As a non-dev intruder I have to say that I love SQLite. I do a lot of data-analysis and it makes everything easy, from fast SQL Wizardry to sharing the DB just coping a file! Just how amazing is that?!
It must sound naive to some of you, but the first time stumbled upn sqlite I was so excited!
I work in data analysis too and SQLite is to me what MS Excel is to other people in the industry. I have development background so I never picked up in MS Excel to same degree as my colleagues from statistics backgrounds. In corporate organisations where DBAs monitor the use of their database with an eagle eye SQLite is a fantastic option to analyse several millions of lines of data on your desktop. I find DB Browser for SQLite (DB4S) is invaluable when using SQLite.
SQLite is a row store, which is best for OLTP (point queries, inserting/updating/deleting one or a few rows at a time), while DuckDB is a column store, which means the data layout has values from the same column stored contiguously, making aggregation queries (GROUP BY) perform much better.
Thanks for this. I used to be a longtime user of HeidiSQL but drifted away because I landed up in an Oracle environment. At the time I drifted away SQLite was not supported. I look forward to being re-acquainted with HeidiSQL.
I used to use this but if you have a JetBrains sub you can open these files directly. Or even better if its a full subscription DataGrip is fantastic and they recently added MongoDB support. Which is not perfect but good enough!
Excel is nice as a simple sandbox, and PowerQuery is amazing IMO, the problem is that it's basically impossible to work with large datasets. If you didn't know about it I recommend you to play a bit with it.
Most people don't realize that Excel (like PowerBI) has an in-memory, compressed, column store database inside of it.
Loading hundreds of millions of rows into it takes a while, but given a commensurate amount of RAM and a reasonable data model (single table or star schema), performing aggregations with a pivot table is pretty snappy.
Does SQLiteStudio let you cancel an unexpectedly slow query part way through? DB Browser for SQLite doesn't seem to, and I don't really know what I'm doing so often accidentally set off a query that can't use indices without doing "EXPLAIN QUERY PLAN" first.
> WARNING: this library is NOT ready for production. Use at your own risk!
How far off do you reckon it is from being "production" ready?
Asking because we've been adding useful SQLite extensions as optional extras in our (sqlitebrowser.org) installer. Can add yours too, if you reckon the code is reasonably cross platform and shouldn't cause (many) weird issues. :)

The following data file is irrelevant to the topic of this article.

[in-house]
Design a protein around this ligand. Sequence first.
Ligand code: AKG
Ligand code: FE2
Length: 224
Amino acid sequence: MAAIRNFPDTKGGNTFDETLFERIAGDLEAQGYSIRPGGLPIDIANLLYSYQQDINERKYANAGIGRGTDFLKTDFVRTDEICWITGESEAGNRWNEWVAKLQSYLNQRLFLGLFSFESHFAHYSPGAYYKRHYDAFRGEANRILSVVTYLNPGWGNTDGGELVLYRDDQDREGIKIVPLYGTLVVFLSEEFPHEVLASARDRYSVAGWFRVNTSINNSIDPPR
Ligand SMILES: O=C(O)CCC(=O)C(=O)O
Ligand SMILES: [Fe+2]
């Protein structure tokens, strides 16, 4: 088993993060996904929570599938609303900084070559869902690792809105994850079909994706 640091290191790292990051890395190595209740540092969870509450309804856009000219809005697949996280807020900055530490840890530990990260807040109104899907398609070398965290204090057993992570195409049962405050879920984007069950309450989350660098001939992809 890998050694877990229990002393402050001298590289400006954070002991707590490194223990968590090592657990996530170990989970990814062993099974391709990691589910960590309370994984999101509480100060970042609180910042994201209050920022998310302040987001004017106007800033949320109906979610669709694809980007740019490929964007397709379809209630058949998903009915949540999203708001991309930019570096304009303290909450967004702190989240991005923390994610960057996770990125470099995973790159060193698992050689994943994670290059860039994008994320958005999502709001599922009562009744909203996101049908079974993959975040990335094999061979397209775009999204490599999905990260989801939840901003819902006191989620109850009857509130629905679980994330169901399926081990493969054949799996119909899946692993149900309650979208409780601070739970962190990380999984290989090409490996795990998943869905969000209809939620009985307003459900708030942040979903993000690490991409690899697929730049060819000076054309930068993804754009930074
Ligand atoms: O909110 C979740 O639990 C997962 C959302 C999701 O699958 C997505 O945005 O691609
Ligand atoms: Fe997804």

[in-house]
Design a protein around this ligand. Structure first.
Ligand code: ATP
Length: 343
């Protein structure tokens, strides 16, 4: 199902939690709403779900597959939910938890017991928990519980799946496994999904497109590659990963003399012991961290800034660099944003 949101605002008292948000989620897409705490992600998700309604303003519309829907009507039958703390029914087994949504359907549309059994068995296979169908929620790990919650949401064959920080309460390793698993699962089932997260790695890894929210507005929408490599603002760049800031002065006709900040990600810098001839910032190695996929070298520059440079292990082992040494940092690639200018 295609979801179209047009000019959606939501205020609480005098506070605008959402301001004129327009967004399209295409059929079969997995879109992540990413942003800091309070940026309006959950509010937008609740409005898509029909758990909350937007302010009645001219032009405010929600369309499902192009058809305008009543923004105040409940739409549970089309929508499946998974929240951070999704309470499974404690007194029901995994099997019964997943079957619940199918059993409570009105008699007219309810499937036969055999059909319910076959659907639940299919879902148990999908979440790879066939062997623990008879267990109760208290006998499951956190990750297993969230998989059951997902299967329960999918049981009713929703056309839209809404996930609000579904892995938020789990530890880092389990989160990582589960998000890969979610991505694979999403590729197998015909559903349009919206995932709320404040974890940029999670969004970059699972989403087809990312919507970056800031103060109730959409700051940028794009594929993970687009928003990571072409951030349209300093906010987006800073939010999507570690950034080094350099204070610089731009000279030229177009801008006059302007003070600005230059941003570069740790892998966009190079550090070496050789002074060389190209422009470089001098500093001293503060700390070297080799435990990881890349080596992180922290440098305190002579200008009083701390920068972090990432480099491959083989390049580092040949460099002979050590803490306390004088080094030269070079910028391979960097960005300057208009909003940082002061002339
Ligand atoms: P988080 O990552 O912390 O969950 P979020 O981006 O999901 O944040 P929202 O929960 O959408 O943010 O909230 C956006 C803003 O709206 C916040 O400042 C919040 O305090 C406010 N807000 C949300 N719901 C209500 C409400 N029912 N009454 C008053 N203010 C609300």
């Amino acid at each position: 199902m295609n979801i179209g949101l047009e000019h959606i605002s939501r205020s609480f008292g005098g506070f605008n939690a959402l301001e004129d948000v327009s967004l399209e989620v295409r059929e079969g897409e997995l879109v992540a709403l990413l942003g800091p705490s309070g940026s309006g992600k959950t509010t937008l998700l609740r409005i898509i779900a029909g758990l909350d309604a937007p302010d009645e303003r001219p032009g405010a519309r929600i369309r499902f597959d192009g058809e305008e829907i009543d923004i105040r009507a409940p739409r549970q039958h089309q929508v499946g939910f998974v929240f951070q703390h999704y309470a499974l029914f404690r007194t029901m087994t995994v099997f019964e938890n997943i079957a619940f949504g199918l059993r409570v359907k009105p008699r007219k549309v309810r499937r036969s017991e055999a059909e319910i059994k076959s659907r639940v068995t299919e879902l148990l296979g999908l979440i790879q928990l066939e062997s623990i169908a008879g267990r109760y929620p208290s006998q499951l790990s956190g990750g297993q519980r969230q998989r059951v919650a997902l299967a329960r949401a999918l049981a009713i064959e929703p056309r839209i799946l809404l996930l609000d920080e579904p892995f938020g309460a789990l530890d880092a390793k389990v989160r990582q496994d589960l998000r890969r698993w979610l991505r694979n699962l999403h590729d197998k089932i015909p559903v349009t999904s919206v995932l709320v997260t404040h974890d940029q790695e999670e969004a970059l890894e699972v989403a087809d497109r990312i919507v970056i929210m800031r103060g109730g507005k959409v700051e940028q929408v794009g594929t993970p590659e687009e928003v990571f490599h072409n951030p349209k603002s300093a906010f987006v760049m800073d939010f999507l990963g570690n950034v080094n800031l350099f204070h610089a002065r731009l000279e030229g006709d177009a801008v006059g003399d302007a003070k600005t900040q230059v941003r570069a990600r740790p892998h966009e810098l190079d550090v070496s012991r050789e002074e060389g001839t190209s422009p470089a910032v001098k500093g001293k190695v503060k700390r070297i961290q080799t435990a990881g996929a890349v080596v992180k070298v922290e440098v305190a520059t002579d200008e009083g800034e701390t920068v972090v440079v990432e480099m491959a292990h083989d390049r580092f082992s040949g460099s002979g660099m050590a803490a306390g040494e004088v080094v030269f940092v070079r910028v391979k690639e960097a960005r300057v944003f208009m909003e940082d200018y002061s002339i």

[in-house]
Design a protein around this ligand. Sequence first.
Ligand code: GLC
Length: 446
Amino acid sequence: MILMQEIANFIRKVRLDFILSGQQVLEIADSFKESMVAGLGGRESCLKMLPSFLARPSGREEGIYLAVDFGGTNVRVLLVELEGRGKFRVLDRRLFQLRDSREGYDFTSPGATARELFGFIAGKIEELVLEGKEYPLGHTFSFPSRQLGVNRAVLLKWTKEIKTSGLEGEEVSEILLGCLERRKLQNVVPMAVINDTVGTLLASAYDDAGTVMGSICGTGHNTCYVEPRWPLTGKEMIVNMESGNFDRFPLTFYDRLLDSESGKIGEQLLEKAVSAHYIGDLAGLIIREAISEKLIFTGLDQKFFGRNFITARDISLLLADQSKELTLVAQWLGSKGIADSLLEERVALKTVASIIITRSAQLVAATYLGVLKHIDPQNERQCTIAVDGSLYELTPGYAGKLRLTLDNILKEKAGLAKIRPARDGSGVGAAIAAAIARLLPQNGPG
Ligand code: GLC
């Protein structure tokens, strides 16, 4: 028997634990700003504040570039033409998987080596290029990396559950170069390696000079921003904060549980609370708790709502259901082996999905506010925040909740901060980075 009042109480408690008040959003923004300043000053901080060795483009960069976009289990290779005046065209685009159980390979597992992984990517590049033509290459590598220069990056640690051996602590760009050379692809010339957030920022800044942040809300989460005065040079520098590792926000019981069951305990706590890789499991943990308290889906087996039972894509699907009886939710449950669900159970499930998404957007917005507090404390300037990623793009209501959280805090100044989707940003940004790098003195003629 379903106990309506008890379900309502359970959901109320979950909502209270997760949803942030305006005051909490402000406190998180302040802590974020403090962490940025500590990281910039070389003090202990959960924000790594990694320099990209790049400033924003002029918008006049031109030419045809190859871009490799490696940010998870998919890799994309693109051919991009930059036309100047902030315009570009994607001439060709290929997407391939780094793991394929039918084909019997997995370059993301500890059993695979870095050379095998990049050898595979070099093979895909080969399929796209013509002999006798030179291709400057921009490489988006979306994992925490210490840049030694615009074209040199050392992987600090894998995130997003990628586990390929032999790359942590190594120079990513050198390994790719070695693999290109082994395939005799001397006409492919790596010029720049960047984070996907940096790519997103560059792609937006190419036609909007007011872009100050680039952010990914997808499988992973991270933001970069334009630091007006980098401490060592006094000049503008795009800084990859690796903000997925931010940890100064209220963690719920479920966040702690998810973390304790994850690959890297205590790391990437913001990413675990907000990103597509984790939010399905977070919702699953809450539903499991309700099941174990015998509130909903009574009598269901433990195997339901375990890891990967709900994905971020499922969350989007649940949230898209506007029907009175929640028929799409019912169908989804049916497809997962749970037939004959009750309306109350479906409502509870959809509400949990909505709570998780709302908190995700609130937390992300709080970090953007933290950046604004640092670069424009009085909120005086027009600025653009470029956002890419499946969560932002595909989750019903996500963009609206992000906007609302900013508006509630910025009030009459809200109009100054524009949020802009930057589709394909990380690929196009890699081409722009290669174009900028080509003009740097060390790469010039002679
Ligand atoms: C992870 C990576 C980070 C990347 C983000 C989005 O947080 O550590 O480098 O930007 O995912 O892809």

Basically--it's a struct containing a byte array, weight, scale, and sign, and all the arithmetic operations are implemented in software. So it's really slow, and each RDBMS has to implement this type from scratch, or find a vendor lib that provides a suitable one, because C/C++ standard libraries don't provide one.
I throw together plenty of simple sites intended for personal use or just a small group. I don't need nor want the added complexity of going for HA. I can easily spin up a cheap VPS with an SSD and scale amazingly far with one instance and a SQLite DB. When it's for personal use or small group it's not a problem to take it offline for maintenance/deploys. I don't even use a load balancer (tho I often throw nginx in front to do mTLS and compression). I can build a site like that in 30 minutes.
I deal with massive scale all day every day for work (kuberntes/openshift/public clouds) so I find the simplicity amazingly refreshing.
I might also say the performance of my "single box" websites is also amazingly good. I've had even developer friends ask me how I get response times so fast, and they are often surprised when I tell them.
Not sure about parent’s case, but I’ve used it for small blog-type applications where the only writes are from me (the admin) creating new entries. The rest is read only and behind caches, cdns, etc. The blog is effectively a singleton. Analytics and comments are handled by 3rd party providers.
Right! But as I said, the low traffic volume doesn’t require more than this kind of architecture.